Mitigation of climate impacts and efforts to build back better through nature-based, climate-smart solutions will only succeed through unified, collaborative efforts. Research shows that those solutions could contribute a third of the emissions reductions needed between now and 2030.
During COP26, let’s remember that our ambitions are meaningful, but when it comes to climate emergency, we’re a part of an overarching whole. Collaborating across public and private sector can have a wide range of results: increasing funding for sustainable development projects, de-risking the transition to best practices, and even creating entirely new market mechanisms. If we can assign a proper value to sustainable food production, soil health and emissions reduction, we can achieve transformation at scale.
Climate Action in Agriculture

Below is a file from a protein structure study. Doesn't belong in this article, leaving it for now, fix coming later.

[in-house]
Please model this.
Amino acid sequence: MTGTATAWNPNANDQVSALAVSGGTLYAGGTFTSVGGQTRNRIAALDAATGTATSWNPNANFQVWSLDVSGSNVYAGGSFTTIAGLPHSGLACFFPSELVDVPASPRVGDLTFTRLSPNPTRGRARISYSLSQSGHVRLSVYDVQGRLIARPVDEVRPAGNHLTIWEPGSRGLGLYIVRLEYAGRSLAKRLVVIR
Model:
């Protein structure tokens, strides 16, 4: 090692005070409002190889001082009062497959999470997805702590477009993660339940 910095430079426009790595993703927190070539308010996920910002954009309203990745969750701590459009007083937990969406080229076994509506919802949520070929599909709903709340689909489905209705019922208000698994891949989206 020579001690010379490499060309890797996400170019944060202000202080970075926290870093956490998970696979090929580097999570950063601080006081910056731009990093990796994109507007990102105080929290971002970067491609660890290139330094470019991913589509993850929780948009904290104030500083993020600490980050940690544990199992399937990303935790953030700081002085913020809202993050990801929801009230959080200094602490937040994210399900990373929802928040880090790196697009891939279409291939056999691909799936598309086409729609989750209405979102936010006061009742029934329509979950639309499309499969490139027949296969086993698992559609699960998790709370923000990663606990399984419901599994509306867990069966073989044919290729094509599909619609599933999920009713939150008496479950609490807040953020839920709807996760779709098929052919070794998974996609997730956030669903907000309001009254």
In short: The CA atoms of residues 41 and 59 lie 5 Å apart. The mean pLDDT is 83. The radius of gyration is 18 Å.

For a solution to be sustainable, it must benefit everyone involved: farmers, consumers and the planet. Traditionally, farmers have been rewarded for the amount of food and fiber they produce. It’s time to introduce rewards for multiple benefit outcome – embedding sustainability in farmers’ business models to ensure lasting change that really works for them. We need to harness the power of financial mechanisms to enable a low-cost, low-touch system to put the farmers at the front of a sustainable food system by returning most of the economic benefits of sustainable farming to them. This can be realized through carbon credit opportunities, but also through the additional benefits of climate resilience and increased productivity. We must use climate finance to advance innovations on food production that drive a carbon-zero future for agriculture, such as short-stature corn or microbial seed treatments that allow for GHG emissions cuts as well as carbon removals.